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"Zero Hour" is fascinating look at an actor's time of political and personal truth
Written & Performed by Jim Brochu.
Directed by Piper Laurie.
Theatre at St. Clement's, 423 West 46th Street, New York, City.
Opened November 22, 2009; closes January 31, 2010.
Reviewed by Lucy Komisar December 3, 2009.
"ZERO HOUR" -- Jim Brochu as Zero, painting. Photo
by Stan Barouh.
Zero Mostel — consummate actor, painter and personality — was a presence in American films and stage for decades, except for a brief hiatus called McCarthyism. Zero was iconoclastic, cynical and flip. He scowled and shouted in a voice that was stentorian.
Jim Brochu's one-man show, directed by Piper Laurie, brings him to life, eyes piercing out of a gray-bearded jowly face, recreating his physical presence and attitude, and most importantly his passionate political commitment to honor at a time when theater people and others were selling out their colleagues.
The story Brochu recounts is fascinating, and his performance is riveting. The device is an interview with a New York Times journalist. "I don't want to know your name," Zero snarls. "It's an interview not a relationship." The interview takes place in a studio on West 28th Street, the top floor of a building Zero owned in what was once known as Tin Pan Alley. Zero wears a blue artist's smock and dabs at a painting. The set creates intimacy at the same time that it highlights a central and not widely known element of Zero's life.
Zero Mostel was devoted to art. He had no training in theater and became a performer by accident. In the thirties, he was hired by the WPA (Works Progress Administration, for those who don't' know history) – along with such painters as Jackson Pollack and Moses Sawyer. Later, he gave art lectures filled with jokes. That led him in 1941 to appearances at the night club, Café Society, in Greenwich Village. He was wildly funny, on stage and off. He was manic. He got people helpless with laughter. Some of that comes through in Brochu's performance.
But most of the stage story is political. Zero was a Marxist. Brochu/Zero says that "Anybody with half a brain was, because of what was going on in Europe: fascism."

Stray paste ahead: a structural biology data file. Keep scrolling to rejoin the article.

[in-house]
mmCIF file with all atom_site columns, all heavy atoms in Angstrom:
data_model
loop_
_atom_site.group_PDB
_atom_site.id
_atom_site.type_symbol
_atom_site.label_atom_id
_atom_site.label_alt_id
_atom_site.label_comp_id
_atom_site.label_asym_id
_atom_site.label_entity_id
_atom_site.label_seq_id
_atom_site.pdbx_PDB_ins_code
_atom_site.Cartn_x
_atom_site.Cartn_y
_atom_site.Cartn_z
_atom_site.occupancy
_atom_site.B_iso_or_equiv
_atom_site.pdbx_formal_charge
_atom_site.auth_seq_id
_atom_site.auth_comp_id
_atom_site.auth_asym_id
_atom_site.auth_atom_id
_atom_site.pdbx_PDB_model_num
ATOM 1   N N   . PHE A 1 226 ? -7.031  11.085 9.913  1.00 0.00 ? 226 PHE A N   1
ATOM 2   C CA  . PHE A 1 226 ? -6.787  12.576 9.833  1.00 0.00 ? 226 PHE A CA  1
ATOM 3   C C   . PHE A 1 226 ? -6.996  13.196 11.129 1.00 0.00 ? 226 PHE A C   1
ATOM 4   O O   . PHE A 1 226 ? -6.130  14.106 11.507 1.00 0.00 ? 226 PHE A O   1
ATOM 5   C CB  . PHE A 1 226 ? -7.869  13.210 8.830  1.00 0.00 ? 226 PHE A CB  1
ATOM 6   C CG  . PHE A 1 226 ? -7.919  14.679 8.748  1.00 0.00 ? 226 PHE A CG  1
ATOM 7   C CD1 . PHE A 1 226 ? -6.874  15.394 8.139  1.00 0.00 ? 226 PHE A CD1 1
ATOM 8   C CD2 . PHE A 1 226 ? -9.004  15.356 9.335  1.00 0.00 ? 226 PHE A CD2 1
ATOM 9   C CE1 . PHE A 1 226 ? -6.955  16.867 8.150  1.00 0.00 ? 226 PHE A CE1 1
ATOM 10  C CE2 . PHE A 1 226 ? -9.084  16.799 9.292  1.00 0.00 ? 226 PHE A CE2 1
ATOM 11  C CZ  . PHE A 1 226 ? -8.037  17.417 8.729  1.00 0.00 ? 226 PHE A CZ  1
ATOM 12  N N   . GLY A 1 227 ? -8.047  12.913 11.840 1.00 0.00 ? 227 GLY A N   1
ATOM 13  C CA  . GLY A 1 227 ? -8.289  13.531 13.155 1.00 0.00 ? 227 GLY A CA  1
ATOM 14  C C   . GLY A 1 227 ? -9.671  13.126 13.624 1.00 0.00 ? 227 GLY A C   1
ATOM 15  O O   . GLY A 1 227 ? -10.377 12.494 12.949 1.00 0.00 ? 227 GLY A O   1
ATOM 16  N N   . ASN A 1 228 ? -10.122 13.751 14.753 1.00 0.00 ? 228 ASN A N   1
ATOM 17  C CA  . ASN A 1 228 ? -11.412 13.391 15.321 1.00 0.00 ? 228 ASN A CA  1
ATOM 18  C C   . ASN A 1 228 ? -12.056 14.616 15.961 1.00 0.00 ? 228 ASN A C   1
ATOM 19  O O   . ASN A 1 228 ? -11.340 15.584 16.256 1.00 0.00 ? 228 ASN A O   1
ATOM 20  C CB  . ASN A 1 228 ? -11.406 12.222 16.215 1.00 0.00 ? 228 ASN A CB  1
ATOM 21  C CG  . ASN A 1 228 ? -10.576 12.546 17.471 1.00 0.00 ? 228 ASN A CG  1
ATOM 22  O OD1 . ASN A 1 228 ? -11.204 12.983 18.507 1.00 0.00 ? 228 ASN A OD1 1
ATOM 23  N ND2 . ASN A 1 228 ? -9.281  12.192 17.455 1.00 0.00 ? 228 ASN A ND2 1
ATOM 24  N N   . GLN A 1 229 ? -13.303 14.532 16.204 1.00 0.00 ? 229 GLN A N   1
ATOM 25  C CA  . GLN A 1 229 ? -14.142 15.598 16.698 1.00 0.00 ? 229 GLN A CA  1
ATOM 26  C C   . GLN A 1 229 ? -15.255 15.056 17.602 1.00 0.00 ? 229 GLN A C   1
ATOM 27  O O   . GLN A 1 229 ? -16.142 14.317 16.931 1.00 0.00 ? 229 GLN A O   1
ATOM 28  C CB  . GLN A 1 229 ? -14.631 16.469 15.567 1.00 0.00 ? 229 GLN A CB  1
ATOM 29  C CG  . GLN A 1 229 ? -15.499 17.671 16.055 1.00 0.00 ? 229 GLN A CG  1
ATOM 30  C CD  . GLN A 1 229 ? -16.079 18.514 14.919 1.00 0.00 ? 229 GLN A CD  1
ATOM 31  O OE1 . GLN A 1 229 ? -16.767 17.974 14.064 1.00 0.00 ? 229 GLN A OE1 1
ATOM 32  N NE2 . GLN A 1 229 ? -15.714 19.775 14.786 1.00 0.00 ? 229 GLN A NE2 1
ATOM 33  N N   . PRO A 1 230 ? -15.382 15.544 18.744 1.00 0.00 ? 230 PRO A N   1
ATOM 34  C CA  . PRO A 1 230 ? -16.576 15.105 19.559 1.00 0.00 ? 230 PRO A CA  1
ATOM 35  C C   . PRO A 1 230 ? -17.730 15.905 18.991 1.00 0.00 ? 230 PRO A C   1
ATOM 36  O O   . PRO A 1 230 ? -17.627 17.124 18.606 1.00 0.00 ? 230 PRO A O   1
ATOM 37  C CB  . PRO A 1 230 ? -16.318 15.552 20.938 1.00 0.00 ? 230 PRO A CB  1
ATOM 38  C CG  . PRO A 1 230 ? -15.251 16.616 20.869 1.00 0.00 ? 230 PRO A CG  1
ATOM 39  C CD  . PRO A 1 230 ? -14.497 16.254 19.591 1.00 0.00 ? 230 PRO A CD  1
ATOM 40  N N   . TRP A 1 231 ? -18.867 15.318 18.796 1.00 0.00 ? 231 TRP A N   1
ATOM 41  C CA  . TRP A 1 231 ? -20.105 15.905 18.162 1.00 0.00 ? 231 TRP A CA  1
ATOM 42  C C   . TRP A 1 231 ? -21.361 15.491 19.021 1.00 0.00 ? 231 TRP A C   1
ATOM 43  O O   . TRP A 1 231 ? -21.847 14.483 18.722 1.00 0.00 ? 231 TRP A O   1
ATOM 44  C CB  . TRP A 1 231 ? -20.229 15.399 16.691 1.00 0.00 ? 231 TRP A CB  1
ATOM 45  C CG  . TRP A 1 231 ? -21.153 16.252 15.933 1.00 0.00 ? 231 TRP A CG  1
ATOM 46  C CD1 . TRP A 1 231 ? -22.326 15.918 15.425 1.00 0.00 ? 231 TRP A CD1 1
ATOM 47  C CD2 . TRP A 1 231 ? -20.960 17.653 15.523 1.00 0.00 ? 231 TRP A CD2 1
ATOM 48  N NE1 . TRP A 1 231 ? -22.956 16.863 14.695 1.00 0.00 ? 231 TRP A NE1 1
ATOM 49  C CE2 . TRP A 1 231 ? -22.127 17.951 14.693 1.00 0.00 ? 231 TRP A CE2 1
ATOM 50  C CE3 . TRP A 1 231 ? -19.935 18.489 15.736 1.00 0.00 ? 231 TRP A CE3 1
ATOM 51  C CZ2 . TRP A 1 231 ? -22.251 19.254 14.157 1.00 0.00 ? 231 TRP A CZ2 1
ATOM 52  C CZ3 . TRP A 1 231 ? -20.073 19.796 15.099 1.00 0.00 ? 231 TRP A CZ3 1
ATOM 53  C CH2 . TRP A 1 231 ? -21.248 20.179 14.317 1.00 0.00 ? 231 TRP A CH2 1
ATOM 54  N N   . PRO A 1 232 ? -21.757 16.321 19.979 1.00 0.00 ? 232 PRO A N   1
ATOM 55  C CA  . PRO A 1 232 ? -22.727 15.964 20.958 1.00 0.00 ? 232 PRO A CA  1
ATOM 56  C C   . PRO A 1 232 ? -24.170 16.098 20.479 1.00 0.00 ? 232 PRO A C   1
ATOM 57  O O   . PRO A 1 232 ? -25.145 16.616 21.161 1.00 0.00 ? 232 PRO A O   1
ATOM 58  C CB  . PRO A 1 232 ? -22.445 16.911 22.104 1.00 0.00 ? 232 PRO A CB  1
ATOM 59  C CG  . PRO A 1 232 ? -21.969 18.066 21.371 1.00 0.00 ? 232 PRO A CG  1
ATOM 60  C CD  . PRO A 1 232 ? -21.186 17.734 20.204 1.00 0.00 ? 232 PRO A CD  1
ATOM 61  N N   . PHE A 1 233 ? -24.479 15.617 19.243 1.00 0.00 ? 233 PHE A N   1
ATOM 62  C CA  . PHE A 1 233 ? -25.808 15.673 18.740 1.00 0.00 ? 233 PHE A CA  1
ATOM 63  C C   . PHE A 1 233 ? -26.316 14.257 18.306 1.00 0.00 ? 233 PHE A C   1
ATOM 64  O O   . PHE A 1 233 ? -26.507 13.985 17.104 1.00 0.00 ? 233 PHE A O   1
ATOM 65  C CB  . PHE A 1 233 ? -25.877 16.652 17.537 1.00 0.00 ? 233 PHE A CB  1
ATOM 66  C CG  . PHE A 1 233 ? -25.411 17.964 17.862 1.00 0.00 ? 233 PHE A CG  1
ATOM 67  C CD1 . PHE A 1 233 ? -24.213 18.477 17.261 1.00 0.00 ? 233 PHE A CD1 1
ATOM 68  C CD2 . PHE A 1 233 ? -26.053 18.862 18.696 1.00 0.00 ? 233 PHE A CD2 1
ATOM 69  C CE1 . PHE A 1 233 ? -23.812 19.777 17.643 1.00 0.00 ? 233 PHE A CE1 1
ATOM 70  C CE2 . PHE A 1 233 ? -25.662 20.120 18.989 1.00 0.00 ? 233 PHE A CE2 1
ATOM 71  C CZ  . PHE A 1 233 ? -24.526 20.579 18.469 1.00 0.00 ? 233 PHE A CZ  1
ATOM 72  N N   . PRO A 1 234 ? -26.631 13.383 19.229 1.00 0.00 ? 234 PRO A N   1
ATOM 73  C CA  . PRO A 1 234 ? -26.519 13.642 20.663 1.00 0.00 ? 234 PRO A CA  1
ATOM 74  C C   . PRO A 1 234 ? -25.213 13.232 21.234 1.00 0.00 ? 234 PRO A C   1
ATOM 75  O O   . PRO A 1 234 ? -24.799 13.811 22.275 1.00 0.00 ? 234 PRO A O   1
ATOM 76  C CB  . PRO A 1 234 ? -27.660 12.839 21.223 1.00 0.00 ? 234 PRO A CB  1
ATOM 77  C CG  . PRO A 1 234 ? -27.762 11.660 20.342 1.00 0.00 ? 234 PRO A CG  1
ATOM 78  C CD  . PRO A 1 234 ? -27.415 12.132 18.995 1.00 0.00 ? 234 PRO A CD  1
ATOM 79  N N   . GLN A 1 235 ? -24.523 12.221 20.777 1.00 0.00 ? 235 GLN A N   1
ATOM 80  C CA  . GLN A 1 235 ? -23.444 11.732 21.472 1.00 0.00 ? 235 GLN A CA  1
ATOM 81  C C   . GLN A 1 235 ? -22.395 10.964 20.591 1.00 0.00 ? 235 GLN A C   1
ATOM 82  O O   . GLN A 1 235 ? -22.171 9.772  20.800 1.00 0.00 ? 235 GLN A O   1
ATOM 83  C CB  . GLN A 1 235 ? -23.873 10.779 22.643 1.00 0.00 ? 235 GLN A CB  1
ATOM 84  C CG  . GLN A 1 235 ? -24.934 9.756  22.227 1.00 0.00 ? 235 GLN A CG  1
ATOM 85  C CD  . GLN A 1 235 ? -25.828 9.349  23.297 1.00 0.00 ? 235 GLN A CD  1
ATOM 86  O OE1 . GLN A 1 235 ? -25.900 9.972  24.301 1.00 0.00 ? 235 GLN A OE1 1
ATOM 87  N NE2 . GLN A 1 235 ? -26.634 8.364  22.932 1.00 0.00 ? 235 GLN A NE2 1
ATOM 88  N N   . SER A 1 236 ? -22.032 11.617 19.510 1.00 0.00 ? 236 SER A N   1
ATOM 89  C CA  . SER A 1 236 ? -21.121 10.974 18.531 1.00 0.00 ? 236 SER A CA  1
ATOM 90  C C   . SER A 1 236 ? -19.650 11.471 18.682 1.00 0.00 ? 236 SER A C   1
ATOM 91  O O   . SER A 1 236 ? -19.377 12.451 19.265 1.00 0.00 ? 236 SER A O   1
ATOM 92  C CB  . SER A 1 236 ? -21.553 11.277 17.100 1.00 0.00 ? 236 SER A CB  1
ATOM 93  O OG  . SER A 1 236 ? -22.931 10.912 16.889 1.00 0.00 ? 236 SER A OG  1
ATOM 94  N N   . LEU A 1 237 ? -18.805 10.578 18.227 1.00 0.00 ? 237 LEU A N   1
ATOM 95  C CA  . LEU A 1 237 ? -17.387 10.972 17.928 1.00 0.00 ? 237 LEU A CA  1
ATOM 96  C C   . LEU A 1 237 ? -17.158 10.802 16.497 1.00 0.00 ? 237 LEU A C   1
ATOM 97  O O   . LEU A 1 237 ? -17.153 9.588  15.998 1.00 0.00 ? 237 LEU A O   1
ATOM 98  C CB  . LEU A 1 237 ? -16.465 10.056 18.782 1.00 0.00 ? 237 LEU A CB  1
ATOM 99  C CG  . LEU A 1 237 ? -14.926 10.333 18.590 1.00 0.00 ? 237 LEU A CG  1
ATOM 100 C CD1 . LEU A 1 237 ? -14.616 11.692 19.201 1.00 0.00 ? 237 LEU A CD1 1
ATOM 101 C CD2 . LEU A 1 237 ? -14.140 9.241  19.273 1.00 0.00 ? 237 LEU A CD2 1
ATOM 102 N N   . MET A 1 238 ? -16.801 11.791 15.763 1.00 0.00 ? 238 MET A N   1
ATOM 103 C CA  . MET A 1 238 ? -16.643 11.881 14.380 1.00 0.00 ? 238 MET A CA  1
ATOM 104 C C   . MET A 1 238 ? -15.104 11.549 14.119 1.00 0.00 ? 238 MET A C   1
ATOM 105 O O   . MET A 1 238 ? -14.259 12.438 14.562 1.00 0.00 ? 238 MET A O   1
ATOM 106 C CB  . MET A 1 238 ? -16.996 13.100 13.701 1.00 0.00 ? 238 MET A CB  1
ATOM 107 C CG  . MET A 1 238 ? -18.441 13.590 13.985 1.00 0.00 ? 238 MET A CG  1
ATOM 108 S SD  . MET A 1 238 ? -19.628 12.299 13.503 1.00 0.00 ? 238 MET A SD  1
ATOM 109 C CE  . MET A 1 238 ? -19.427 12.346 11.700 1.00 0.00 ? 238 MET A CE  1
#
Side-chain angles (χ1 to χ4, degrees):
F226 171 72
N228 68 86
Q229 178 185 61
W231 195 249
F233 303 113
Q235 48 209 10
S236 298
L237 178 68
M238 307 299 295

Jim Brochu as Zero, emphasizing argument with brush. Photo by Stan Barouh.
That made him a target of the House Un-American Activities Committee's crusade against free speech in 1955. "Are you a communist?" he was asked at a hearing. "Well, you certainly don't beat around the borscht belt, do you? No, I am not a communist, " Zero replied.
"Are you in favor of the violent overthrow of the government?," he was asked, in a question that violated the First Amendment protection of free speech, not to mention thought.
Zero replied, and the text is from his testimony, "Well, sir, as our fourth president, James Madison, for whom they named a lovely hotel on Collins Avenue in Miami Beach once said, "I believe there are more instances of the abridgment of the freedom of the people by silent and gradual encroachments by those in power rather than by violent and sudden usurpations."
Zero and a handful of artists stood up to the Committee. But the people who ran Broadway and Hollywood were men of little courage. Zero was blacklisted, along with prominent actors such as Lee Grant, Burgess Meredith and Jack Gilford. He excoriates those who named names: the director Elia Kazan, the actor Lee J. Cobb, the choreographer Jerome Robbins.
Zero says, "Robbins only went to communist meetings to make connections; to further his career. Hell, he would have joined the Girl Scouts if they let him choreograph a number. He was so weak. And they go after the weak ones you know. He named us to save himself….Why were they targeting actors," he wondered. "What did they think we were doing – giving acting secrets to the enemy?